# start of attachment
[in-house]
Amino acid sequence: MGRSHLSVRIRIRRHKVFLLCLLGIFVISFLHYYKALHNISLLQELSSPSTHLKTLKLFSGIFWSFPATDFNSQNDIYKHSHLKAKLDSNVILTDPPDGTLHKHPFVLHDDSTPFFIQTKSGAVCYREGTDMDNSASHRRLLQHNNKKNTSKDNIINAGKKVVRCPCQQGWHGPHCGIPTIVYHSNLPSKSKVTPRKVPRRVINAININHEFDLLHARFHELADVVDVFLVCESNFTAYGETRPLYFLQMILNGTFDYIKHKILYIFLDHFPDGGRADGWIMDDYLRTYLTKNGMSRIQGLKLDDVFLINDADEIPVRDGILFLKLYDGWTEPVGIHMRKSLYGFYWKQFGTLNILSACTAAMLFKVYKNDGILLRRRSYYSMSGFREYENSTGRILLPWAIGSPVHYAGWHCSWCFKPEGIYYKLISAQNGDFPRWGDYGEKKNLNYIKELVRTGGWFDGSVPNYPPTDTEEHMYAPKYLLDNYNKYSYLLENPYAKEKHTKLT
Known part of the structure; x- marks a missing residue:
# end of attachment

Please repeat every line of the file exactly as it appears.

[in-house]
Amino acid sequence: MGRSHLSVRIRIRRHKVFLLCLLGIFVISFLHYYKALHNISLLQELSSPSTHLKTLKLFSGIFWSFPATDFNSQNDIYKHSHLKAKLDSNVILTDPPDGTLHKHPFVLHDDSTPFFIQTKSGAVCYREGTDMDNSASHRRLLQHNNKKNTSKDNIINAGKKVVRCPCQQGWHGPHCGIPTIVYHSNLPSKSKVTPRKVPRRVINAININHEFDLLHARFHELADVVDVFLVCESNFTAYGETRPLYFLQMILNGTFDYIKHKILYIFLDHFPDGGRADGWIMDDYLRTYLTKNGMSRIQGLKLDDVFLINDADEIPVRDGILFLKLYDGWTEPVGIHMRKSLYGFYWKQFGTLNILSACTAAMLFKVYKNDGILLRRRSYYSMSGFREYENSTGRILLPWAIGSPVHYAGWHCSWCFKPEGIYYKLISAQNGDFPRWGDYGEKKNLNYIKELVRTGGWFDGSVPNYPPTDTEEHMYAPKYLLDNYNKYSYLLENPYAKEKHTKLT
Known part of the structure; x- marks a missing residue: